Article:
Time for step two for Gilas Pilipinas | Inquirer Sports

Time for step two for Gilas Pilipinas

But making sure another six decades won’t pass before PH logs next hoop milestone won’t be easy, says Cone
/ 05:25 AM January 07, 2024

Gilas Pilipinas members celebrate with their gold medals after defeating Jordan in their men's basketball gold medal at the 19th Asian Games

Gilas Pilipinas members celebrate with their gold medals after defeating Jordan in their men’s basketball gold medal at the 19th Asian Games in Hangzhou, China, Friday, Oct. 6, 2023. REUTERS/Marko Djurica

Why read the analytical articles and thought pieces or listen to podcasts to understand how Gilas Pilipinas—barely having enough players and practice time together—delivered the country’s first Asian Games basketball gold in over half a decade?

Tim Cone is more than willing to give everyone the answer.

“Mostly, I thought it was [the team’s] veteran presence,” the victorious national coach told the Inquirer. “All the players were past trying to make a name for themselves and were just truly focused on winning as a team.”

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“They were willing to just put one foot in front of the other and battle through any adversity we faced—and Lord knows we had our share of adversity. As it turned out, it was a team of grit. That kind of veteran attitude can make all the difference in the world,” he added.

The national squad will be honored during the Philippine Sportswriters Association Awards Night later this month with the President’s Award for the team’s Asian Games gold medal, which it won by beating continental rival China in the semifinals and Jordan in the finals.

Back in September, Cone told the Inquirer that he felt many were viewing the team “as lambs being led to slaughter.” That assessment seemed too kind at that time: The Samahang Basketbol ng Pilipinas (SBP) struggled to come up with a definite plan for the Hangzhou, China, showcase after an underwhelming Fiba (International Basketball Federation) World Cup homestand.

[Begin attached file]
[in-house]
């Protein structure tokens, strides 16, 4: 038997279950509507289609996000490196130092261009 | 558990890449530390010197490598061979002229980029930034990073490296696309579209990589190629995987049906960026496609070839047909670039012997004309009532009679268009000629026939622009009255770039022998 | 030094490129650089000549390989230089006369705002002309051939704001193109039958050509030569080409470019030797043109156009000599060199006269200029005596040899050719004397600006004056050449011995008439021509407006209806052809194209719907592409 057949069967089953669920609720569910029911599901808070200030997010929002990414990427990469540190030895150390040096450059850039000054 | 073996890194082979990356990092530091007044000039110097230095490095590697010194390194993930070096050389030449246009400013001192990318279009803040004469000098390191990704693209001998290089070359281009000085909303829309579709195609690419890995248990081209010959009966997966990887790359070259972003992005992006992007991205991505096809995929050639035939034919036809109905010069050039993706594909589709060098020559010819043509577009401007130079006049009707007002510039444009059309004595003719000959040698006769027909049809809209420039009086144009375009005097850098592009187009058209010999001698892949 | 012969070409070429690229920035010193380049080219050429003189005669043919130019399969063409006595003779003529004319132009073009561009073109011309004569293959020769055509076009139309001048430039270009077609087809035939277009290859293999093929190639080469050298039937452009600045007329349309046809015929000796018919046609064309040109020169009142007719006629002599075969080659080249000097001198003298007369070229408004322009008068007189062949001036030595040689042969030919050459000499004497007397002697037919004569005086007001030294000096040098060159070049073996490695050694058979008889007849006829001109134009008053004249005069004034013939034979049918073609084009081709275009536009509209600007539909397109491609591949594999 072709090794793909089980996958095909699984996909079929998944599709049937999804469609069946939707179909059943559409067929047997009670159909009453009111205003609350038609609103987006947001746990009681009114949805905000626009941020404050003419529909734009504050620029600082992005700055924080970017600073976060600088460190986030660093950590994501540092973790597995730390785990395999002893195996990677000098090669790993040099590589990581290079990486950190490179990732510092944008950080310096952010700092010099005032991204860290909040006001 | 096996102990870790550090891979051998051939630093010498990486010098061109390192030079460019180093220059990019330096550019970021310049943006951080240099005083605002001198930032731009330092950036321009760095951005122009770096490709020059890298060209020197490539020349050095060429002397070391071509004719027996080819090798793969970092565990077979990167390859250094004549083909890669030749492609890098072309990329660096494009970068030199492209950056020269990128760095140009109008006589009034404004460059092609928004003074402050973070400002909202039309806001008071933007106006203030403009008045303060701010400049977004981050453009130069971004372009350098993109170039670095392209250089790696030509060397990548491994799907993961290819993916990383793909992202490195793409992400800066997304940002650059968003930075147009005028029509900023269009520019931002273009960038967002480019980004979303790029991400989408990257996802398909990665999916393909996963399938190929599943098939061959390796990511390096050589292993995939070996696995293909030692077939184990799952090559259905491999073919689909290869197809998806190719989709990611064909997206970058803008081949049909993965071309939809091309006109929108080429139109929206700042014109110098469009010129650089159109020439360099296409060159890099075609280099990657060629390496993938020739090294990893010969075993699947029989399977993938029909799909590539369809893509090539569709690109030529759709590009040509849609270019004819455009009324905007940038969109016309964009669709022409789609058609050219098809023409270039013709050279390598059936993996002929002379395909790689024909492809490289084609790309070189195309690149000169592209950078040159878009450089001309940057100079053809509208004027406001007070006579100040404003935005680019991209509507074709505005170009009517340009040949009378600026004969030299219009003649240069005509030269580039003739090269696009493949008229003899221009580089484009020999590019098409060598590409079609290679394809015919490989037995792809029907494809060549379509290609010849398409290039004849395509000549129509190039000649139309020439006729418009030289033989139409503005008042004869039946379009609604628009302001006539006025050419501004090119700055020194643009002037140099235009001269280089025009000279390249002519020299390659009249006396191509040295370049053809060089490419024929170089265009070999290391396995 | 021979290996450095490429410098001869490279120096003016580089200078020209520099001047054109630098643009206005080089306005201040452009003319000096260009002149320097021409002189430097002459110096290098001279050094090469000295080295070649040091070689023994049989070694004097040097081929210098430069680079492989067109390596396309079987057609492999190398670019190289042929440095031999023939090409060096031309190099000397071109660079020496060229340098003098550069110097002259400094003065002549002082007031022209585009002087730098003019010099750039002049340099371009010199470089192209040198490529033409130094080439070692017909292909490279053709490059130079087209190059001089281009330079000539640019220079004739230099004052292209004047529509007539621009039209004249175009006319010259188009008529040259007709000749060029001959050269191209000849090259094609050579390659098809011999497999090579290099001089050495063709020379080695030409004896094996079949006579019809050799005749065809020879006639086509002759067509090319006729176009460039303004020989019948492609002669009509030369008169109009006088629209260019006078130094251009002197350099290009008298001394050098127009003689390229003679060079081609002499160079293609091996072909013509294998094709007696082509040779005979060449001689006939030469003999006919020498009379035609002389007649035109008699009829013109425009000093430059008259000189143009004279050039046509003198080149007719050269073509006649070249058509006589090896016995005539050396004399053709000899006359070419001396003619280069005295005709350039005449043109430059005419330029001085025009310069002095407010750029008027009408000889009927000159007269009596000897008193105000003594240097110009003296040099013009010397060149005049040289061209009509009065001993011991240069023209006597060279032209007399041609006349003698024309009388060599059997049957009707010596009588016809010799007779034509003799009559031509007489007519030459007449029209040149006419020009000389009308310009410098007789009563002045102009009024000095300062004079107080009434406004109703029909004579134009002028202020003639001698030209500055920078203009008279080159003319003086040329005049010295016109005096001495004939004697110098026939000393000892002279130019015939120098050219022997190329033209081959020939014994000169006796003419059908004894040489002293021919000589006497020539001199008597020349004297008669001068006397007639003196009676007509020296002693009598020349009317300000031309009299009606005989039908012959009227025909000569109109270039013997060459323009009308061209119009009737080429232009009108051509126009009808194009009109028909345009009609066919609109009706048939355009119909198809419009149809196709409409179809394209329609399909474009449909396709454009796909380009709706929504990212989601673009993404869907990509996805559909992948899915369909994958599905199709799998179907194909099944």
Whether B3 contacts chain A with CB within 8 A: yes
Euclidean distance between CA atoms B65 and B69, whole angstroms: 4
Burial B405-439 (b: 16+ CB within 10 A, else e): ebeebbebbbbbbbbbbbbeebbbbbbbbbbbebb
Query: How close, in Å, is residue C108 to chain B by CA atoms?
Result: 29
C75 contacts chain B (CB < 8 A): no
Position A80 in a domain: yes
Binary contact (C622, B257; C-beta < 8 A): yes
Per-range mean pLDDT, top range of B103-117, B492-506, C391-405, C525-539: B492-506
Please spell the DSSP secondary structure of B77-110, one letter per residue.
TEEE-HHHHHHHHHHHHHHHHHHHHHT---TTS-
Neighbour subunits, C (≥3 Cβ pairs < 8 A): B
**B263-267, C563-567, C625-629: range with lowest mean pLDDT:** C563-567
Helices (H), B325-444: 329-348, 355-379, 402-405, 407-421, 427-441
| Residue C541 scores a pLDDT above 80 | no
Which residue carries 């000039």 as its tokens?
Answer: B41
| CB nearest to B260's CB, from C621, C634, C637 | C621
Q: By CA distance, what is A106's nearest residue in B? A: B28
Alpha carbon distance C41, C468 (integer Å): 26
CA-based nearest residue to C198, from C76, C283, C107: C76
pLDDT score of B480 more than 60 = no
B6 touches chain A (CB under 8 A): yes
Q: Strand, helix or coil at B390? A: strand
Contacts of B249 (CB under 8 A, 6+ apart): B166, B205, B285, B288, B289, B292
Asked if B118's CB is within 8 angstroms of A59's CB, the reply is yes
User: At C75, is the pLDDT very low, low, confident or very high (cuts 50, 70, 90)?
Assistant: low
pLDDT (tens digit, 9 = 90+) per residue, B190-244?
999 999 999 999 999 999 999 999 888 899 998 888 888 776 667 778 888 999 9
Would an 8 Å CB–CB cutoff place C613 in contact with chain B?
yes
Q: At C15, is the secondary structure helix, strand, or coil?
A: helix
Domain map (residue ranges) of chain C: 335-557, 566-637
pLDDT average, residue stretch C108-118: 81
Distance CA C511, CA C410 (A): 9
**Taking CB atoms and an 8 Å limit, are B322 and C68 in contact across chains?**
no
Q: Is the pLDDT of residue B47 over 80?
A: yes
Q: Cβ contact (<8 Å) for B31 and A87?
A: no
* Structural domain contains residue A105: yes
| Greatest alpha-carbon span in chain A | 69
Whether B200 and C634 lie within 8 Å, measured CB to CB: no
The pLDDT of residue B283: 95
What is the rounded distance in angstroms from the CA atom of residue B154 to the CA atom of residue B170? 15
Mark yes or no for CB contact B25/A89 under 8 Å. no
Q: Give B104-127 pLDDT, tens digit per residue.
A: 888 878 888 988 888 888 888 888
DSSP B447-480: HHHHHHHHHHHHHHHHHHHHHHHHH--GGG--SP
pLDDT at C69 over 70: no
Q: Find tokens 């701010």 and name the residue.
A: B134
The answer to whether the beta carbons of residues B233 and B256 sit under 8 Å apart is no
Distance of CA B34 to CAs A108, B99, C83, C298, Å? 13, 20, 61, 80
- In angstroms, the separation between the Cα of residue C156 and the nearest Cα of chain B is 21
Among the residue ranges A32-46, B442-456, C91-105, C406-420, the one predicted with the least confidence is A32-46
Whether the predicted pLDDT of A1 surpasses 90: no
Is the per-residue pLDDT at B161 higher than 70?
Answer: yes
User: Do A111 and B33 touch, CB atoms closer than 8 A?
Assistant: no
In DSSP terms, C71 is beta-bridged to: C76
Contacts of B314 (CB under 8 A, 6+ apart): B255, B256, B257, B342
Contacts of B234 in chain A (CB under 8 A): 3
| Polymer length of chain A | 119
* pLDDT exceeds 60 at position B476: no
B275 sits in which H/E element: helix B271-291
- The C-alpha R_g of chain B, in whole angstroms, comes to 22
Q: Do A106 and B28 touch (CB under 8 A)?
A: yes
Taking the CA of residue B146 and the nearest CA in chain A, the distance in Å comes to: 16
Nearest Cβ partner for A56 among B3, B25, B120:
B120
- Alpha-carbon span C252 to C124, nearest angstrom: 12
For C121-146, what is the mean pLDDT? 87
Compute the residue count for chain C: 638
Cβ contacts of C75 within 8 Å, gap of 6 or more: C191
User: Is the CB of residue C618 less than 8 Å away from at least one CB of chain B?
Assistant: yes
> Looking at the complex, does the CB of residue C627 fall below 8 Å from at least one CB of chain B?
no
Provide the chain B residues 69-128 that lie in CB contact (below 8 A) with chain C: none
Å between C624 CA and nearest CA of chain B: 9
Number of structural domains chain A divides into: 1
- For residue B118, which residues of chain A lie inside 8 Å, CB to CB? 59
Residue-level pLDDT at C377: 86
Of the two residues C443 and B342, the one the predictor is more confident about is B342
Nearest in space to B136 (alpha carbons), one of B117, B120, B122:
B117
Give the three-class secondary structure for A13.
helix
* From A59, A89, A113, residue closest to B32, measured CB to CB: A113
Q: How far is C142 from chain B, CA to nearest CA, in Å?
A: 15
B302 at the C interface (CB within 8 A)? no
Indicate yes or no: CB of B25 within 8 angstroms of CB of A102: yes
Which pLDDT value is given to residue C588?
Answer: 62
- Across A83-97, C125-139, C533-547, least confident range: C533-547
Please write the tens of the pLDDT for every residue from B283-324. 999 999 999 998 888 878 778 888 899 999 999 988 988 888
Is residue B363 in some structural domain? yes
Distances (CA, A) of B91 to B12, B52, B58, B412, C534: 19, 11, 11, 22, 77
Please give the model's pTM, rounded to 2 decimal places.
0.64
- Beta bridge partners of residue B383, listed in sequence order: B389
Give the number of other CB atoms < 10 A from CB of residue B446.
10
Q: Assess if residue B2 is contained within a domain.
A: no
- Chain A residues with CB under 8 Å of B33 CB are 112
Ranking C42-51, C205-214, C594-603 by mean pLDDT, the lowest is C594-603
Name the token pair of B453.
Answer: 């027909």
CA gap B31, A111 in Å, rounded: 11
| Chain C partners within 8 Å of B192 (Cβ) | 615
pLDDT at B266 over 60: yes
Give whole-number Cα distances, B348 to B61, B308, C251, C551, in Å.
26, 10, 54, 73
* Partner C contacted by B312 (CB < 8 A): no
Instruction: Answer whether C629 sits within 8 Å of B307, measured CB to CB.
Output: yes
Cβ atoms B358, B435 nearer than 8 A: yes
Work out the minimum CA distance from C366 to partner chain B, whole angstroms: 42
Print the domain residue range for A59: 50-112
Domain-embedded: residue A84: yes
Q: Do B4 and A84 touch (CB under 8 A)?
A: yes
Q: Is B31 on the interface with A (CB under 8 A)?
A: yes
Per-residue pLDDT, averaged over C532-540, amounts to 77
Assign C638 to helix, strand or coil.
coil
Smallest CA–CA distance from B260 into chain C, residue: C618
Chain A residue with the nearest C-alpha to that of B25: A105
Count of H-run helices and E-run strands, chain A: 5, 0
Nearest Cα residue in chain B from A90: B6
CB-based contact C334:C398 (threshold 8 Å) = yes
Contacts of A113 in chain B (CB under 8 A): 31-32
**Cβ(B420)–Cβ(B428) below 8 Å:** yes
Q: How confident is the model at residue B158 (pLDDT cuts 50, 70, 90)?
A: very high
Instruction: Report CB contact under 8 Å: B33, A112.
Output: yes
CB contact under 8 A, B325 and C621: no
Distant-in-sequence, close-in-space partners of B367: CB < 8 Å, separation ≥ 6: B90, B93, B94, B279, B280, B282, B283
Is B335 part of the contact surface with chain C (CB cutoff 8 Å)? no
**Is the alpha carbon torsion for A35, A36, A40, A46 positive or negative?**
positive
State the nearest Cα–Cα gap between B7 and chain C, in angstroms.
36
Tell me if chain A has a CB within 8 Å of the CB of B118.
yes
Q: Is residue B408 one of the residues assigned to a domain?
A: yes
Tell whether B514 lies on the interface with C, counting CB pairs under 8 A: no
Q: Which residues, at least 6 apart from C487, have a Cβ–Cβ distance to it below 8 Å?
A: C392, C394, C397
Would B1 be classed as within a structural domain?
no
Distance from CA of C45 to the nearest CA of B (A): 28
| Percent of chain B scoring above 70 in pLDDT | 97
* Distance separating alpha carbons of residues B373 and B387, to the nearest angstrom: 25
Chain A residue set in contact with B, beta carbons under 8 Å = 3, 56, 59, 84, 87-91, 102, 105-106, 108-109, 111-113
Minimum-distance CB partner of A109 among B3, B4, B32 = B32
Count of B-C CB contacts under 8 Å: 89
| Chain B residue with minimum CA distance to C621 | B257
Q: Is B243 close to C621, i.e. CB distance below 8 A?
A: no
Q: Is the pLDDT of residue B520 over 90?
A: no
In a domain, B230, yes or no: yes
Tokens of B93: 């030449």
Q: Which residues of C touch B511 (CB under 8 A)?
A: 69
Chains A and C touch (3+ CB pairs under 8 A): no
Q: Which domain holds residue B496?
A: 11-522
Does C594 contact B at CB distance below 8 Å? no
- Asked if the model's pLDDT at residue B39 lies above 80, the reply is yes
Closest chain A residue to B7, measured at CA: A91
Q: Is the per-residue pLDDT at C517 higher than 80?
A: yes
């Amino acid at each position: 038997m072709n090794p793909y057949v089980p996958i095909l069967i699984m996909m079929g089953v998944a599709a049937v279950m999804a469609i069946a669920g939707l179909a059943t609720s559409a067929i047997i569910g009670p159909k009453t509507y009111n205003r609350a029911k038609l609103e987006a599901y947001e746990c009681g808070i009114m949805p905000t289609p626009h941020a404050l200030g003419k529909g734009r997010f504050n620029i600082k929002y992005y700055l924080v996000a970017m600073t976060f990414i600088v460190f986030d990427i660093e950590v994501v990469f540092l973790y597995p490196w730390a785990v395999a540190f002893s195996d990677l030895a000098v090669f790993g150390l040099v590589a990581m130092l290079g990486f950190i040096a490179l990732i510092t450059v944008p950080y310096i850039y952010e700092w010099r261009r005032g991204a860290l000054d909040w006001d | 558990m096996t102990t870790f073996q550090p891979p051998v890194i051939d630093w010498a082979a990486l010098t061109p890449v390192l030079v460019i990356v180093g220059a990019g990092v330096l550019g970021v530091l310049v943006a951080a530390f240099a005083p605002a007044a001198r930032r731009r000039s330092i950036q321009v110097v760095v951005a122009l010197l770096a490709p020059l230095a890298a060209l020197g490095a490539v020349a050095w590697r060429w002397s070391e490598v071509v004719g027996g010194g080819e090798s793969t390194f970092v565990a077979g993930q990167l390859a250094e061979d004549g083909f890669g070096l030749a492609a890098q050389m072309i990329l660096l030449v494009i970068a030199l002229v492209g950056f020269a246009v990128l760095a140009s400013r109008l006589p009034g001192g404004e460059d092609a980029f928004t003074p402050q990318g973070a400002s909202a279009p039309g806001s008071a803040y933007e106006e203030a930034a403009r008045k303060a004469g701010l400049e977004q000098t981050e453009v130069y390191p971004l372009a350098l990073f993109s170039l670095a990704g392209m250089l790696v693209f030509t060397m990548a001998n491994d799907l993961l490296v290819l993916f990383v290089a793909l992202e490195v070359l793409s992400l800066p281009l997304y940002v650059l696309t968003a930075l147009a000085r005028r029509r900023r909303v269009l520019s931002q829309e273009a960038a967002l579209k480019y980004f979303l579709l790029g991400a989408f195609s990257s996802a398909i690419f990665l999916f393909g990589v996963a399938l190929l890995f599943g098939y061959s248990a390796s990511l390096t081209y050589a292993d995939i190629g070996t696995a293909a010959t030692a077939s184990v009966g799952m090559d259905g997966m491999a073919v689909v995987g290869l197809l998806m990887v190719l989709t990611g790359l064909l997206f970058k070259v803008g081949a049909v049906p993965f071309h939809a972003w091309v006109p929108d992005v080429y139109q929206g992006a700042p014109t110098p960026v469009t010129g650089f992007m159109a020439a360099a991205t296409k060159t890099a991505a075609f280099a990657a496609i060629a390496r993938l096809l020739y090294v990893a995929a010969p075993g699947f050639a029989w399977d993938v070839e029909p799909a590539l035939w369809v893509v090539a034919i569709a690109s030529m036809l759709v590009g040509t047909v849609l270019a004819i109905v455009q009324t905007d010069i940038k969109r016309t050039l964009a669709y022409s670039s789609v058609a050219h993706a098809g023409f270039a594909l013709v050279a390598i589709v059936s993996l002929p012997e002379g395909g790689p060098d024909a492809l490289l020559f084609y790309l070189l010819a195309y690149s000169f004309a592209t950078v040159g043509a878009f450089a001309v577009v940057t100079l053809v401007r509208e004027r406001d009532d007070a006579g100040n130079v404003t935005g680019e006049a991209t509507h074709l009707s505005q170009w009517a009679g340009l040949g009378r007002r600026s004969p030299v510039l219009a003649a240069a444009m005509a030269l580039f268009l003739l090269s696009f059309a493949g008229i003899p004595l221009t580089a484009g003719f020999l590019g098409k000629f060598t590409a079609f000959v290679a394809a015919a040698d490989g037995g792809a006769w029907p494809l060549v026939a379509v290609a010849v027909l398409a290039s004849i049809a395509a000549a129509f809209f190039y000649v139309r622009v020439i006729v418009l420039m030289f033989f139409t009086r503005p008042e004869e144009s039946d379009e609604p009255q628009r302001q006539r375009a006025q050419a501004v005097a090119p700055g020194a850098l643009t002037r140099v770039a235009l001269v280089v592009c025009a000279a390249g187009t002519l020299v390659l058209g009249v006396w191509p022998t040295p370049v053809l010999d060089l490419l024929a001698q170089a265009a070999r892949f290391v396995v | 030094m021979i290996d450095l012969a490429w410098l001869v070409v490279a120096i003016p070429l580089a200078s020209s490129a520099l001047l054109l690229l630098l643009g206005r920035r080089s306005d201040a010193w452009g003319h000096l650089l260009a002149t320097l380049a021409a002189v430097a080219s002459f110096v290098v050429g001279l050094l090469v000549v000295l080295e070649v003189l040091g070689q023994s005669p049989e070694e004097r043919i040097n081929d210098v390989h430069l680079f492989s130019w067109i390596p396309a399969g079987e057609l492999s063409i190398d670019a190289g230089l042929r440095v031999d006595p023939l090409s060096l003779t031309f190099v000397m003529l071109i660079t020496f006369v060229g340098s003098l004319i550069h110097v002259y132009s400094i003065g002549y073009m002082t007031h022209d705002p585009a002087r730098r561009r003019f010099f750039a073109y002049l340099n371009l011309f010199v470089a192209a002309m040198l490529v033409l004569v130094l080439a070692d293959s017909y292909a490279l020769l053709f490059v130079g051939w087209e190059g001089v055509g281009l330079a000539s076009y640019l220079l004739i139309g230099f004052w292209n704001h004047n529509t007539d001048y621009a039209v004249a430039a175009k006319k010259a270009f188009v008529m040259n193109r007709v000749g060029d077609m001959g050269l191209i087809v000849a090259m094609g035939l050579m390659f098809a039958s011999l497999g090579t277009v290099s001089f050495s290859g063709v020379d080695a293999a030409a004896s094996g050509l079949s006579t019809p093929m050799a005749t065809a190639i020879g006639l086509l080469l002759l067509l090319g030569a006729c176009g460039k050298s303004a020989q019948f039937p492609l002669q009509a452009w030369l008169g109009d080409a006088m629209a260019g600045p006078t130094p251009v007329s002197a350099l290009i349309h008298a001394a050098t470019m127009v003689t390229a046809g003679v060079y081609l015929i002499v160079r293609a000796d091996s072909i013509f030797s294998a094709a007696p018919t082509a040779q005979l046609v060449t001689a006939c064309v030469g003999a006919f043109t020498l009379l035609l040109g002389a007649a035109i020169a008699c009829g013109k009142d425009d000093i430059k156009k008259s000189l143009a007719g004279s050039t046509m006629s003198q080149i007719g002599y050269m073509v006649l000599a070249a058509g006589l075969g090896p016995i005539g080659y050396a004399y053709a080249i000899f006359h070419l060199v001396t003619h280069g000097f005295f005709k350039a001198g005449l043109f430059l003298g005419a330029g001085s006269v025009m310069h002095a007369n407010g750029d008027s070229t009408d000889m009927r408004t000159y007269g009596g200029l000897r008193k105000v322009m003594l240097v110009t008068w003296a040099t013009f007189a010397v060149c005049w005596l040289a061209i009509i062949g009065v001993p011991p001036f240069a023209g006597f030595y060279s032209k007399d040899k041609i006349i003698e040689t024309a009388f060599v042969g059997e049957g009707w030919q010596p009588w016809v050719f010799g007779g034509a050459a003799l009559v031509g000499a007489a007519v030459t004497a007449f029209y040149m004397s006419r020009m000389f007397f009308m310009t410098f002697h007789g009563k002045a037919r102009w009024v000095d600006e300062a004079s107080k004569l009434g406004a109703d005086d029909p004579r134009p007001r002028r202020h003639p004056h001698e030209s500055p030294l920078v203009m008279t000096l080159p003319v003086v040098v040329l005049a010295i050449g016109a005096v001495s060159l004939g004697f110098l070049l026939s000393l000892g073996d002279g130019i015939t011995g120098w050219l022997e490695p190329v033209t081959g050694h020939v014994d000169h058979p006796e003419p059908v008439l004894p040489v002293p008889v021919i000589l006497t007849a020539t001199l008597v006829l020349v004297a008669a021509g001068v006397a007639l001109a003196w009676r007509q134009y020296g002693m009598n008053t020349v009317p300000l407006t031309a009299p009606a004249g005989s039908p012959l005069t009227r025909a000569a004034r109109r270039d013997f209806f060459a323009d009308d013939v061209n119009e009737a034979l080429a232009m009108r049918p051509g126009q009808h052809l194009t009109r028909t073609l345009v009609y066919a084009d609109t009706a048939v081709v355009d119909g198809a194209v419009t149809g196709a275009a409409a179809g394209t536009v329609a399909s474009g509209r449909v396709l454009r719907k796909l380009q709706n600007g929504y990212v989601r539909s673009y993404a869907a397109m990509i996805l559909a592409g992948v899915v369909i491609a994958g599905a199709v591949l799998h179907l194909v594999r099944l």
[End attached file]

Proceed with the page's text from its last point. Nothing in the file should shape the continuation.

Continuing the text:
The team was without a coach, and nearly half of the players who competed in the global meet bolted the squad to fulfill their club duties. Cone was appointed as a stop-gap measure, but manpower woes persisted days before the delegation was scheduled to leave.

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Fortuitous

Tim Cone reacts during the gold medal game between the Philippines and Jordan. —REUTERS

Tim Cone reacts during the gold medal game between the Philippines and Jordan. —REUTERS

In China, Gilas barely survived its opponents, figuring in a nasty end of a group-phase whipping from Jordan, which put the Filipinos on a more precarious route to the gold medal.

But that change in course seemed fortuitous, as it sent the Philippines into a semifinal duel against the hosts who were eager to avenge an embarrassing loss during the World Cup. China looked primed to advance to the finalé. But once again—like in many earlier tours—Justin Brownlee came through for Gilas.

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In the return match against the Falcons, the naturalized ace got even more help. June Mar Fajardo, Scottie Thompson, CJ Perez and Kevin Alas hit timely shots to quench an Asiad gold medal drought that had spanned 61 years.

That triumph, which Chris Ross, Marcio Lassiter, Ange Kouame, Chris Newsome, Calvin Oftana, Arvin Tolentino and Japeth Aguilar helped deliver, will surely be talked about until the next one comes along.

Cone is aware of the expectations birthed by such a monumental milestone. And he understands the people’s clamor for sustained excellence.

We are passionate about our basketball and that kind of passion should somehow translate to eventual success. I think that is a reasonable expectation of Philippine basketball fans,” he said.

“It’s true that we won’t beat everyone and that there are teams out there that could, at times, beat us up, but it’s also a reasonable expectation that we be competitive in our backyard in Asia,” he pointed out.

“We shouldn’t have to wait for another 60 years to have some kind of success at the international level.”

As things stand, the country’s basketball leaders have yet to lay down its plans moving forward. Cone has since sat down with them but only to provide his insights.

At the heart of it all, Cone said that it is imperative that the Philippines sends its best players.

But that’s only a first step.

“To me, it’s always about continuity and getting the best 12 players in the county to commit to the program,” Cone said. “To secure that also takes a lot of commitment from all the stakeholders around the basketball community.”

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“Needless to say, that’s not a simple thing.”

TAGS: Gilas Pilipinas

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